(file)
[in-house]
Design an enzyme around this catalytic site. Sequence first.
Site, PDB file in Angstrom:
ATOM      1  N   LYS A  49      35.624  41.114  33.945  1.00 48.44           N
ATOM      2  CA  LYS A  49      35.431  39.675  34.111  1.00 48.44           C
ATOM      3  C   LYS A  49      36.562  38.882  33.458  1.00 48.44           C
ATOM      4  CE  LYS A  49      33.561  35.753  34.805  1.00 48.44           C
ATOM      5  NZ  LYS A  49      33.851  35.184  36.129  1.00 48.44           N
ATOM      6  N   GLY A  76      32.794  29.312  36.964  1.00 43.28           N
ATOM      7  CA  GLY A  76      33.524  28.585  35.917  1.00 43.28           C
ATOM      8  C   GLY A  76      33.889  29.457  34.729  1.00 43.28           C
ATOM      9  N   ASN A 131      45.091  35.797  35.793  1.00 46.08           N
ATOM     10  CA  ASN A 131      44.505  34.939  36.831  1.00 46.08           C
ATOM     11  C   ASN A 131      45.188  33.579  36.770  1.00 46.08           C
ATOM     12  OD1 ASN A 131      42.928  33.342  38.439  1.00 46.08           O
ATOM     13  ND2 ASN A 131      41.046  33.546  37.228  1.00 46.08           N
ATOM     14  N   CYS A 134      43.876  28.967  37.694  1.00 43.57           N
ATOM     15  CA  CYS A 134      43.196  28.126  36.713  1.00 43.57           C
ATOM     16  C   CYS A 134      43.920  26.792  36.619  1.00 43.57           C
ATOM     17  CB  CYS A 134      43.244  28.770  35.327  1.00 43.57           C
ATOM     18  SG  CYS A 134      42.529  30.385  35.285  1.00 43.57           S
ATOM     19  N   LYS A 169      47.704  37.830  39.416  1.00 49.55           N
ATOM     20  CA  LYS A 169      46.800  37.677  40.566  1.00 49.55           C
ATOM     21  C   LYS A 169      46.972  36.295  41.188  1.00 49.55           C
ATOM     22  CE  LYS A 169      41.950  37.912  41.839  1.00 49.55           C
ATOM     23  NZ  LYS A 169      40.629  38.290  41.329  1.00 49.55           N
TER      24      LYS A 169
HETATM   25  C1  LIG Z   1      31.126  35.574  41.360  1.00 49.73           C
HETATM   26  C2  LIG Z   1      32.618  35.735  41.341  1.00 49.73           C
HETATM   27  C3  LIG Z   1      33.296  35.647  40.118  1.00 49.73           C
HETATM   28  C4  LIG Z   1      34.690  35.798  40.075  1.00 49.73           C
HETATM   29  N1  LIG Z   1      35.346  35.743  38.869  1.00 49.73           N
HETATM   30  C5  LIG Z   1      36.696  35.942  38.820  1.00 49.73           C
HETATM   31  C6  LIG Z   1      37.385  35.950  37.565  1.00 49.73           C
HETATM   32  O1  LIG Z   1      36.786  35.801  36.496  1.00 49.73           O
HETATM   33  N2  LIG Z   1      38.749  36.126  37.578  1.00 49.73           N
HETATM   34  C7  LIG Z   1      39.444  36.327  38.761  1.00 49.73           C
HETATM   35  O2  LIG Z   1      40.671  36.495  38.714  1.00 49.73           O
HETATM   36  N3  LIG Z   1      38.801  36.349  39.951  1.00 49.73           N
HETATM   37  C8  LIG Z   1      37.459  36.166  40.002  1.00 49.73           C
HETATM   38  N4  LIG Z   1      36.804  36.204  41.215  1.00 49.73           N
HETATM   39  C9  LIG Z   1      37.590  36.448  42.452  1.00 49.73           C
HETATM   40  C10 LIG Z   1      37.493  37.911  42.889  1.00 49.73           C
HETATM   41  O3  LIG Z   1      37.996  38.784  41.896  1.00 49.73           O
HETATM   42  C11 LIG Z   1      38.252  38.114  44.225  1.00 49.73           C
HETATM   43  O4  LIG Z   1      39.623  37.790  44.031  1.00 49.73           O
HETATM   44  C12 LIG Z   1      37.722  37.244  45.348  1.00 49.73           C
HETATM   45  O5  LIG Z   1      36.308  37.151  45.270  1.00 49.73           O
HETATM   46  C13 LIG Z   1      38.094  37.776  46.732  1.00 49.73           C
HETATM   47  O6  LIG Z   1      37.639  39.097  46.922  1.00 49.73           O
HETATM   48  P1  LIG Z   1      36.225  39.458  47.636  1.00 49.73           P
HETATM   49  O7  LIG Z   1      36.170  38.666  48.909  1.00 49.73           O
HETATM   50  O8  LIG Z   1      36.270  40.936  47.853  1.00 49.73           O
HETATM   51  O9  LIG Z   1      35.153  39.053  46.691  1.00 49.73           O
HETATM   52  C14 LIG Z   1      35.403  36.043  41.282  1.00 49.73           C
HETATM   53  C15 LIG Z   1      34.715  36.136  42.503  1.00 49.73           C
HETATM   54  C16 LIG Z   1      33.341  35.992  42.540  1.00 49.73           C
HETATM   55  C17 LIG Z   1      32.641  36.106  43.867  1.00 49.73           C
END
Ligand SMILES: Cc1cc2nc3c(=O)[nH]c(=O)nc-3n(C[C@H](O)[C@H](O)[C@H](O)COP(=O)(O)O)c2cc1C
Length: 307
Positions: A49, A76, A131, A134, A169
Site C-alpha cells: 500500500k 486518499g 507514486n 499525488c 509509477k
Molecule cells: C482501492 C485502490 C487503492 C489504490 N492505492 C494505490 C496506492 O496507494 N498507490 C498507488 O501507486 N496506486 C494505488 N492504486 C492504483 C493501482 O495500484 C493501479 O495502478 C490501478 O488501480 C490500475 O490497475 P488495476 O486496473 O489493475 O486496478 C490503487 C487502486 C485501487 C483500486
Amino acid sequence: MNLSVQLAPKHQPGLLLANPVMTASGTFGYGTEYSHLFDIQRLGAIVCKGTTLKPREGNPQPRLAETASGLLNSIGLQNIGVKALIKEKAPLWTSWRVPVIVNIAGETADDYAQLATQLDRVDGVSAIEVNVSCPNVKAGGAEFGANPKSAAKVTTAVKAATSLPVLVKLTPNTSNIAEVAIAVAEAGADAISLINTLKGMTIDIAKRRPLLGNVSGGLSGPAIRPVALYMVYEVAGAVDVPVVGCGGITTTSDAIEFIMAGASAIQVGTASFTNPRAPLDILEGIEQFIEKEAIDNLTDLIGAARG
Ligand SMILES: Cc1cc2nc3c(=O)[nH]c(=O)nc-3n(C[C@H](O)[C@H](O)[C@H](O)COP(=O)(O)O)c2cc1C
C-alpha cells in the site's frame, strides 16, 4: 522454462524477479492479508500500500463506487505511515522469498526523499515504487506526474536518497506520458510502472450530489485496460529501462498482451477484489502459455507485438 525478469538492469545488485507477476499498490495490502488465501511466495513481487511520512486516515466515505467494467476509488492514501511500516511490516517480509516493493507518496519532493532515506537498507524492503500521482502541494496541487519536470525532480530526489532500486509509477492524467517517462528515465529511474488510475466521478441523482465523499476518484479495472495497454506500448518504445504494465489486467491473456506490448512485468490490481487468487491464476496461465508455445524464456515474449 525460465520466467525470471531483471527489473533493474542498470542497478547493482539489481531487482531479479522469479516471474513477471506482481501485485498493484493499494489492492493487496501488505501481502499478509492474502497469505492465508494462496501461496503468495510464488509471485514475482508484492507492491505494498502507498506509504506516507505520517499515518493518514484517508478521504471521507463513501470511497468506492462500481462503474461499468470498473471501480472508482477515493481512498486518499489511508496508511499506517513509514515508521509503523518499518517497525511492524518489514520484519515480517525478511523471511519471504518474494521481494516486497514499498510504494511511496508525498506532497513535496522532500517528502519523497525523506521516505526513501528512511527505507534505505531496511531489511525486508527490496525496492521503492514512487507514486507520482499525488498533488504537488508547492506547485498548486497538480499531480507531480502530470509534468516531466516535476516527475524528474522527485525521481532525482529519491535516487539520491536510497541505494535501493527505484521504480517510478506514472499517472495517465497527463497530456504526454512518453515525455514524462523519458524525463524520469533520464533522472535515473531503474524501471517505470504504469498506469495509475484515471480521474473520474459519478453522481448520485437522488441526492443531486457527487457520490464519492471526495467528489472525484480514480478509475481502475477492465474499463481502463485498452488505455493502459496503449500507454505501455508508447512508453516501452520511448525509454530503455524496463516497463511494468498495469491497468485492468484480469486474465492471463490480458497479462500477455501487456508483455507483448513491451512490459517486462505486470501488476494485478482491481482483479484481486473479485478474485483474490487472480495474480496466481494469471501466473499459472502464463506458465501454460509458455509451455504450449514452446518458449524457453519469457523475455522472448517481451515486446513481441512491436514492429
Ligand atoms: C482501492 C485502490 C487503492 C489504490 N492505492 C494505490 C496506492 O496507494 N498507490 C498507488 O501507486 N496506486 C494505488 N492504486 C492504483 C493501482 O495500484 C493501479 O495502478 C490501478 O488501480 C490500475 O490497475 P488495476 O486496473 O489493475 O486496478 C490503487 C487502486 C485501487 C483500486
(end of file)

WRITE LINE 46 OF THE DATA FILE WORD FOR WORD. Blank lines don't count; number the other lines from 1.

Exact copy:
HETATM   43  O4  LIG Z   1      39.623  37.790  44.031  1.00 49.73           O